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With apologies to Sammy Hagar, these 55 Speed Limit Signs help enforce reasonable speeds on public roadways. When used in conjunction with regular police presence, photo enforcement, and other forms of traffic control, these signs effectively improve highway safety. While the federal interstate speed limit has not been 55 for some time now, this is still the maximum default speed limit for many states unless a higher limit is posted. Studies differ on whether or not 55 is the optimal universal speed limit, but the important thing is whether it is the correct speed limit for your roads and highways. If you have found that it is, our 55 Speed Limit Sign can help you notify drivers.
Determining the Right Speed Limit
State and local government agencies are responsible for determining the right speed limits for all roads open to the public. In most cases, traffic surveys, environmental reports, and engineering studies help determine how fast traffic should flow on a particular street. A street designed with 55 Speed Limit Signs will usually be a relatively open highway with few street lights. There may be shops and other organizations lining the road; however, streets with a speed limit this high will usually have dedicated turning lanes so that vehicles can move safely out of the flow before slowing to make their turn.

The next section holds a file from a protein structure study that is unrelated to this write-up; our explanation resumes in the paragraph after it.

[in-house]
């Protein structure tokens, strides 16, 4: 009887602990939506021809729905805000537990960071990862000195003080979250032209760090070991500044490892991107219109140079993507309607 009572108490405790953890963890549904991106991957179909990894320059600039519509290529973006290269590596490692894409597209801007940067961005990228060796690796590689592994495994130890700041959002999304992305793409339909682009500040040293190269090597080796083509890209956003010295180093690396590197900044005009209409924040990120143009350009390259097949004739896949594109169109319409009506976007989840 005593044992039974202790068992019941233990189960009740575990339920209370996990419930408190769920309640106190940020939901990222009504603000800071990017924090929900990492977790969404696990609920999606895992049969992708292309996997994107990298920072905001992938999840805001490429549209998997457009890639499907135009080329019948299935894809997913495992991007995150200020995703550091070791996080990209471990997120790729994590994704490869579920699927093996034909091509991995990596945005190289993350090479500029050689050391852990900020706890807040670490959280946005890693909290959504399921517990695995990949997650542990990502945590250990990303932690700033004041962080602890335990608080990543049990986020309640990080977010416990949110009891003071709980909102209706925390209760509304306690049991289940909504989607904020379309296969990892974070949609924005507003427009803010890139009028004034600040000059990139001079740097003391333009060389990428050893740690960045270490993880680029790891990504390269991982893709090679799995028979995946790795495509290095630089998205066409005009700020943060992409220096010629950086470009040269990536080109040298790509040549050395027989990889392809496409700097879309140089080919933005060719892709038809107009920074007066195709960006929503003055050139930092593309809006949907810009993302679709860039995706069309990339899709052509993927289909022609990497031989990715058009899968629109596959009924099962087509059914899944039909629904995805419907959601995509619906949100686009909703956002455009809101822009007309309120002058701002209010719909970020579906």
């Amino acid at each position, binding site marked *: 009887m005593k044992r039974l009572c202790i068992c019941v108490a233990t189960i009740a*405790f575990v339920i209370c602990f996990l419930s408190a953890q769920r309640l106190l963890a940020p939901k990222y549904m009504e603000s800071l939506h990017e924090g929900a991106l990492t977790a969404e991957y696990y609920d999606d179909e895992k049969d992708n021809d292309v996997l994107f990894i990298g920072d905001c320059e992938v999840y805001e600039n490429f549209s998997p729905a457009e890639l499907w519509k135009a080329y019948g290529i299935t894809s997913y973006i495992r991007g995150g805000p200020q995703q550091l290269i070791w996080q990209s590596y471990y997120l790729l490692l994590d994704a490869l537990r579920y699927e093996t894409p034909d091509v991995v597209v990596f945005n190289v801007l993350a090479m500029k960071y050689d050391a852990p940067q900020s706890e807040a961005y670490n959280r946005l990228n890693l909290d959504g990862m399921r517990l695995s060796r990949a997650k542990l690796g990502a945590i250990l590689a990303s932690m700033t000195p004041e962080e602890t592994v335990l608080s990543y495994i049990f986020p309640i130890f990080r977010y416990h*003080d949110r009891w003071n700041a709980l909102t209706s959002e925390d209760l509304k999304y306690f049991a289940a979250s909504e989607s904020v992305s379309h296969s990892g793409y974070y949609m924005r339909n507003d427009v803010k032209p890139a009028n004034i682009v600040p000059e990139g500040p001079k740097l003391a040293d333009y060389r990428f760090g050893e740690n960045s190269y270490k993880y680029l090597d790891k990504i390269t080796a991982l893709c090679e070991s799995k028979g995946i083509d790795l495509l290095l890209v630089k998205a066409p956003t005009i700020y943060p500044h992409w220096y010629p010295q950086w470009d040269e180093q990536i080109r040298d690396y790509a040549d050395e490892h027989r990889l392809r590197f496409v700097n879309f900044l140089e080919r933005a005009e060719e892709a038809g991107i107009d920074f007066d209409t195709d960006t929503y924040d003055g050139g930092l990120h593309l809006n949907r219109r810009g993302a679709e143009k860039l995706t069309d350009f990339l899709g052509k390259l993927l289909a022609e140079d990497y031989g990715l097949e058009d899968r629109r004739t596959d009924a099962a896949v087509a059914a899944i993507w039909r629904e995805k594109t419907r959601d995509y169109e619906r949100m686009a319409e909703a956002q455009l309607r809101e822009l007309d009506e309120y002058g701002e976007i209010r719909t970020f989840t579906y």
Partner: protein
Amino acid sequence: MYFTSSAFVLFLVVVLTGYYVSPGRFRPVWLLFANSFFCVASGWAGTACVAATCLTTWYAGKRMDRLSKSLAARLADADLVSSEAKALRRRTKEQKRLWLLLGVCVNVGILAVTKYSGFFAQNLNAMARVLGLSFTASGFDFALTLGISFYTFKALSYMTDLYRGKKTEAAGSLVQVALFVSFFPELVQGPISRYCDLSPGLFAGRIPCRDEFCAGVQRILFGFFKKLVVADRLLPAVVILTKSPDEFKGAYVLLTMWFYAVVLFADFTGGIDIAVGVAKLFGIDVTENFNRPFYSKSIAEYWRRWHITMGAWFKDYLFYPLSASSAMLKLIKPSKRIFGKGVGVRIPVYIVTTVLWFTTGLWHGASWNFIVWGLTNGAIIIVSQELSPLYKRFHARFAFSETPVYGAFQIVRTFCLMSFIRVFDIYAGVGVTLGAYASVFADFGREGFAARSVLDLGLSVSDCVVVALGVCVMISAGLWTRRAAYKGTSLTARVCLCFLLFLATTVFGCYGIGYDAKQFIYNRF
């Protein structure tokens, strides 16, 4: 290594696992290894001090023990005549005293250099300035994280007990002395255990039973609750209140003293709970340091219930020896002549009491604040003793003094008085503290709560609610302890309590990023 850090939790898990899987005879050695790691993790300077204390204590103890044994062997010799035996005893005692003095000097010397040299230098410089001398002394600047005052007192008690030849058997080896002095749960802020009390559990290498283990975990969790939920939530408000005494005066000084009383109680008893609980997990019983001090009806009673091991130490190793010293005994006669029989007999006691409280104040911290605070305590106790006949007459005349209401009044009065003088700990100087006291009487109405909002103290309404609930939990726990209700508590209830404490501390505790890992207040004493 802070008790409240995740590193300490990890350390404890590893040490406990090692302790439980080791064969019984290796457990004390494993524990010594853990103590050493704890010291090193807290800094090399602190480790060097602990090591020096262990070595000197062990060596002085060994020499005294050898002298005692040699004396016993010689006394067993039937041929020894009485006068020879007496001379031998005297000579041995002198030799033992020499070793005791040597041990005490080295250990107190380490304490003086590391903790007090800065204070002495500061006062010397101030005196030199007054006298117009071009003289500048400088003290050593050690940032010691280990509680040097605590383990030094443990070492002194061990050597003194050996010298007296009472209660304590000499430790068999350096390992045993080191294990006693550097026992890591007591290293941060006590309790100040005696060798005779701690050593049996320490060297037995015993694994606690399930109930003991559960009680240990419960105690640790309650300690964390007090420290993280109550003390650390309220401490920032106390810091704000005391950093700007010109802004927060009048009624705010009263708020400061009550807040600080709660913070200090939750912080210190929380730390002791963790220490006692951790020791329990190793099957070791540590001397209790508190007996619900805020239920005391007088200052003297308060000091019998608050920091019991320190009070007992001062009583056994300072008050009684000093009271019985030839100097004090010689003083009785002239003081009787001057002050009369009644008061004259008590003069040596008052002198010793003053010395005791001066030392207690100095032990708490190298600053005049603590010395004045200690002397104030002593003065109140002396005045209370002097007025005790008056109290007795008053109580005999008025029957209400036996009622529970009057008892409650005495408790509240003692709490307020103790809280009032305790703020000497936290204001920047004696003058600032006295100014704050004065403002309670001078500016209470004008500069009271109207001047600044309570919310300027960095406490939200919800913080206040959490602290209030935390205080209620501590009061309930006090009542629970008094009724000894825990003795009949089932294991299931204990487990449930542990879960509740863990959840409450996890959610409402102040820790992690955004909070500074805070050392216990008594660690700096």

On Private Roadways
Not all roads are open to the public, of course. Parking lots, gated communities, private driving aisles, and other restricted areas will not be governed by public traffic authorities. While private business owners can (and should) consult with local law enforcement before setting out signs and other traffic control devices, they can usually do so with some level of freedom. If you are in charge of maintaining such an area, you can use our 55 Speed Limit Signs to signal to motorists that they may travel at a high rate of speed through your property. This is ordinary only recommended for wide-open roads, however.
Speed Limit Considerations
There are many factors to consider when deciding the appropriate speed limit for any given stretch of road. Legislatures and other traffic control authorities will look at the following things when making their determination:
— Geographic area: Is the road located in a more rural or urban environment? Rural environments with reduced traffic will often be given more lenient speed limits than compact metropolitan areas.
— How fast are drivers already going? Traffic surveys can tell authorities how fast people are traveling on the road at present. This can and should be kept in mind when devising a new speed limit.
— The condition of the road
— How many parking lots line the street? How much pedestrian activity is there?
All of these factors and more should be considered when deciding whether or not to put 55 Speed Limit Signs on a road.